While the Port is already one of the top performers in the area of sustainable operations and responsible growth, the Prince Rupert Port Authority has set a goal to reduce the carbon intensity of the gateway by a further 30% by the year 2030, and a longer-term goal of achieving carbon neutrality by 2050. For the organization, this starts with smart gateway planning.
With support from Transport Canada’s Transportation Asset Risk Assessment (TARA) initiative, the Port Authority was the first port to develop a detailed digital model to forecast climate change scenarios and undertake a detailed audit of their risks to trade infrastructure and operations. The Port of Prince Rupert recently made headlines for this pioneering use of the Seaport Simulator to model the potential impacts of climate change on its current and future operations in Forbes magazine, underpinning the relationship between sustainability and solid corporate decision-making to improve resiliency and safeguard infrastructure planning and investment.
Further examples of sustainable gateway planning and development include the Fairview-Ridley Connector Corridor that is nearing completion – it will reduce container truck greenhouse gas intensity by approximately 60% from the current trucking route – and Fairview Terminal’s new investments in shore power for container vessels at berth that are forecast to result in a reduction of 75% of emissions from that source.
Incentivizing Shippers to Help Shape Industry Practices
The Prince Rupert Port Authority offers financial incentives to ship owners who use technology to reduce their vessels’ emissions and underwater noise. Introduced in 2013, the Green Wave program, as it’s dubbed, offers discounted harbour dues to commercial vessels that implement emission reduction measures or other environmental practices. Through Green Wave, the Port of Prince Rupert is providing even greater opportunities for shipping companies to reap the benefits of their environmental performance. The program includes a variety of qualification standards for arriving commercial vessels consistent across the global shipping industry, allowing the Port Authority to help accelerate a worldwide movement toward greater efficiency and sustainability.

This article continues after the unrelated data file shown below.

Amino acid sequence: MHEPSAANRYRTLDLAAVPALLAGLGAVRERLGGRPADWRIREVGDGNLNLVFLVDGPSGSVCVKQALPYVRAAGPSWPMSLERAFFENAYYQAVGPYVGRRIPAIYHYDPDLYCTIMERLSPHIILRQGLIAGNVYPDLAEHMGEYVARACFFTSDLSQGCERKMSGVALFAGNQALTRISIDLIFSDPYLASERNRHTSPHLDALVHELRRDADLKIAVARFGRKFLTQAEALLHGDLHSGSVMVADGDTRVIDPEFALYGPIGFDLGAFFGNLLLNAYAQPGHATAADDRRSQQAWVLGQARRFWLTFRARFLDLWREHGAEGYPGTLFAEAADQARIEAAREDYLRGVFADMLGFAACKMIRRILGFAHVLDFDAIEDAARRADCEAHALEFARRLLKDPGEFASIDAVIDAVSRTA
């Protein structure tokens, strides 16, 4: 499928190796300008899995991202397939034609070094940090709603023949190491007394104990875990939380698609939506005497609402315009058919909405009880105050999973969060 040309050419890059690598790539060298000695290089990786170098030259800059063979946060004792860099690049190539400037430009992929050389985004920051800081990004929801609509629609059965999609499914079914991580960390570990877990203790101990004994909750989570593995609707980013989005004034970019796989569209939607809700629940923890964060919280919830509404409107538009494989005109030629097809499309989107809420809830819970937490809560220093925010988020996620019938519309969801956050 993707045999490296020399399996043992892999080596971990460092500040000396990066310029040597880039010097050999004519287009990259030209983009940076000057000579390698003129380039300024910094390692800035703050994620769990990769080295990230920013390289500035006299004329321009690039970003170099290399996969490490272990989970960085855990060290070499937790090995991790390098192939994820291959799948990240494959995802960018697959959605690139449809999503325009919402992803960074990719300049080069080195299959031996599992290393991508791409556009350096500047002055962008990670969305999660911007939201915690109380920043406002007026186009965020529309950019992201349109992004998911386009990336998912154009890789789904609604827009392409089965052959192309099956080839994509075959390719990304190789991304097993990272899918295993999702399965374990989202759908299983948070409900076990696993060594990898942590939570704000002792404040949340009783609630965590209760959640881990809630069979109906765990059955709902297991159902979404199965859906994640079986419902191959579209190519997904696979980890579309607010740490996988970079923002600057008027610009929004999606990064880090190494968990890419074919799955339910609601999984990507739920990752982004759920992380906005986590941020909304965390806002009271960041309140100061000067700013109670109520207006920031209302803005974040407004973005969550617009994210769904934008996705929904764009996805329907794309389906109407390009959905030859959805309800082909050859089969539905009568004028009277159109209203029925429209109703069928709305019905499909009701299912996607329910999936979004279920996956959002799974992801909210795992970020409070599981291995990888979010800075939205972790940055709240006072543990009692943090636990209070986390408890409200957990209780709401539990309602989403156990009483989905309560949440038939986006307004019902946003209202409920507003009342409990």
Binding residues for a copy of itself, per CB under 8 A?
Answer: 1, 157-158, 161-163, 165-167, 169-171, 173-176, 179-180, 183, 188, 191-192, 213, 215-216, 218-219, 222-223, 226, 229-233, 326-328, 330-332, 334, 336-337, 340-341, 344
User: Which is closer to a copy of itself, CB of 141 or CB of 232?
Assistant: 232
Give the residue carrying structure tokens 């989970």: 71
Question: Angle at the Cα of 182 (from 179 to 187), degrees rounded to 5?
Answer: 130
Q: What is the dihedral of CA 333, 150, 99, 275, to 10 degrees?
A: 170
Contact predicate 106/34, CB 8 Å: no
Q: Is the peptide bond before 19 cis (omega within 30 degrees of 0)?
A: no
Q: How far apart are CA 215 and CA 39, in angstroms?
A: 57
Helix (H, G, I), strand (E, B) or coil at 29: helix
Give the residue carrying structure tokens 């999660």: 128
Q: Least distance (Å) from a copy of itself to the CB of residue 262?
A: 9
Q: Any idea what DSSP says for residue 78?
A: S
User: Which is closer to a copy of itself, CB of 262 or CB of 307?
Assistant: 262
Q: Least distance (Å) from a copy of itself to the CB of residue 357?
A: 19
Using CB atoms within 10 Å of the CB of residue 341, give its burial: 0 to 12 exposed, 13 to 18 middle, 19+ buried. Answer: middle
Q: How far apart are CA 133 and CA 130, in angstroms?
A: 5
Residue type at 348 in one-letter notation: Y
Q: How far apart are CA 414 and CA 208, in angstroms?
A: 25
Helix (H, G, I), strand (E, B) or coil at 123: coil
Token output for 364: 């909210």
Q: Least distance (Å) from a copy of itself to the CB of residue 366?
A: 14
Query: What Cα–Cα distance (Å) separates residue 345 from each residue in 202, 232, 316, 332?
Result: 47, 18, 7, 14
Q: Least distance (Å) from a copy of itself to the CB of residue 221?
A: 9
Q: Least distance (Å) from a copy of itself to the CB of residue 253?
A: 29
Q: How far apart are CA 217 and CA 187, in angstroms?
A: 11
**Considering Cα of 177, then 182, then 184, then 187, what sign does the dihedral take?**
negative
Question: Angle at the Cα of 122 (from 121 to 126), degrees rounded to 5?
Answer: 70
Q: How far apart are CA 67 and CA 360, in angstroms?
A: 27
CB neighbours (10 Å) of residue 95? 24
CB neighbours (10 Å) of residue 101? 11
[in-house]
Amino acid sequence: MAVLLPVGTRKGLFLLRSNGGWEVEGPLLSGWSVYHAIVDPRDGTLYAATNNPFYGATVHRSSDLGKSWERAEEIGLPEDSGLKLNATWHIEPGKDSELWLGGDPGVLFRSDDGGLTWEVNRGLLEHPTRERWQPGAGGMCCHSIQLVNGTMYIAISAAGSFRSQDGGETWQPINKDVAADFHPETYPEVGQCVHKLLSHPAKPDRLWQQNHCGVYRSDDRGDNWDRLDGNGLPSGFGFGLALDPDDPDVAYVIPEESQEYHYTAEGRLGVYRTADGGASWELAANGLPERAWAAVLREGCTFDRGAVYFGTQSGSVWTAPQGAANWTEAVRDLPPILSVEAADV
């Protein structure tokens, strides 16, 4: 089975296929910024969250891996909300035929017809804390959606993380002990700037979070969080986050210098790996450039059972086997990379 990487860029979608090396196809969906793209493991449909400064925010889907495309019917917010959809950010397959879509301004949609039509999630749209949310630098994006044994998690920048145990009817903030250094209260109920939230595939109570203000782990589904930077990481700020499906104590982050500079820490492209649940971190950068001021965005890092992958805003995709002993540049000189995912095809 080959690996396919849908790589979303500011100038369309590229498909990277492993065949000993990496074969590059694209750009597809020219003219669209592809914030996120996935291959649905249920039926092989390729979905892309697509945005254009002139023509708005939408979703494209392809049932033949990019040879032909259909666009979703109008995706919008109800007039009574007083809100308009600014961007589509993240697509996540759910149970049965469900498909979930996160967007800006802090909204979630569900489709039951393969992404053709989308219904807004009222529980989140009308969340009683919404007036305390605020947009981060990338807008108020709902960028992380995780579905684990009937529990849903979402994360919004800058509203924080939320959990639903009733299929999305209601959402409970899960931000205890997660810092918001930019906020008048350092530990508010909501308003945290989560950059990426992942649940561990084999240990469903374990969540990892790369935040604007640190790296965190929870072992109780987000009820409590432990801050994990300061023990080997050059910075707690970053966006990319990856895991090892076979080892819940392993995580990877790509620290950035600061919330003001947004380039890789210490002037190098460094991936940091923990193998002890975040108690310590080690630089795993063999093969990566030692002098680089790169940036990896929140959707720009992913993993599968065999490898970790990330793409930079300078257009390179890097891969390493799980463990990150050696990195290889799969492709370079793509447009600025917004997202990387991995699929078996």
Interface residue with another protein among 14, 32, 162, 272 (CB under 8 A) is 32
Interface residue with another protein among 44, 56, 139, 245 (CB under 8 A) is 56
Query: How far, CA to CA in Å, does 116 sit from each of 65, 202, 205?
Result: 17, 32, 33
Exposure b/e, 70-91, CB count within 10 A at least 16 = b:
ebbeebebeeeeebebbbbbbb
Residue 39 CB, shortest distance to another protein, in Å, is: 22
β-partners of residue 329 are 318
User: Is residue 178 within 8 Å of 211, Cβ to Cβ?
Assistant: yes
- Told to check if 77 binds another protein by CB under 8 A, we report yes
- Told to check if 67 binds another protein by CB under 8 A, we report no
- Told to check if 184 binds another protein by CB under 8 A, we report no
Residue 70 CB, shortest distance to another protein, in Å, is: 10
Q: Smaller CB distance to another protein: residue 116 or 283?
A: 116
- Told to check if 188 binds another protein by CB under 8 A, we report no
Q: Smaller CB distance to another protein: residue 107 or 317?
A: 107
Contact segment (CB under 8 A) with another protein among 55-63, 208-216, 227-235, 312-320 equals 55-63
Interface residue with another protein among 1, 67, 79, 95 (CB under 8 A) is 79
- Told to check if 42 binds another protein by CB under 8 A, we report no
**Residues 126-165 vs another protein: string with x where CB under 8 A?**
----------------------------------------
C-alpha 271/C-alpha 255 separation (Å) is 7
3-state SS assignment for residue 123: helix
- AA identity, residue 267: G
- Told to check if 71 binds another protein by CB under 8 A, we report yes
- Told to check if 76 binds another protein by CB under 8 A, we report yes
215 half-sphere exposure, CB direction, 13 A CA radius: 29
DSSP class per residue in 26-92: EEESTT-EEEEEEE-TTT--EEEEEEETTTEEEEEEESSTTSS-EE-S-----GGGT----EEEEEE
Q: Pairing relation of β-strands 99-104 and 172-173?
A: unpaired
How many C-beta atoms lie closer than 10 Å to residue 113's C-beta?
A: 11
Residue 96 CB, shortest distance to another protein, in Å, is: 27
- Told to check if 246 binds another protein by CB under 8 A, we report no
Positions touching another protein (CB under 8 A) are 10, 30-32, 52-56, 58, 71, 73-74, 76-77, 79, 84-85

Green Wave incorporates a number of mechanisms for incentives, which include the Environmental Ship Index, Green Marine, RightShip, the Clean Cargo Working Group, the Green Award, the Clean Shipping Index, and the Energy Efficiency Design Index, as well as multiple underwater noise notations and reduction technologies. Using a three-tier criteria system, vessels are scored for their level of achievement in one of the recognized environmental programs or for technological advancement, and awarded a discount on their harbour dues paid to the Port of Prince Rupert.
Last year, there were 204 vessel calls, made up of 138 unique vessels, that met the strict criteria to qualify for the Green Wave program, including 14 calls that qualified for the top tier and earned the greatest savings.
The Port of Prince Rupert is committed to mitigating environmental impacts of its operations and development projects effectively. One of the mechanisms for inclusion in the incentive program is RightShip’s Greenhouse Gas Emissions (GHG) Rating. The method, developed by the world’s leader in maritime environmental assessment, rates vessels on their relative efficiency. In 2020, 19 percent of vessels that called on the Port of Prince Rupert qualified for Green Wave through the RightShip GHG Rating criteria. As a result, approximately 4,285 tonnes of GHG emissions were avoided, which is equivalent to removing 909 passenger vehicles from the road for a year.
Recognizing environmental stewardship and reducing the impacts of a growing port are key to the Port of Prince Rupert’s future sustainability. By offering these financial incentives, the Port directly encourages vessel owners to further embrace safer environmental practices and promote efficiency and sustainability around the world.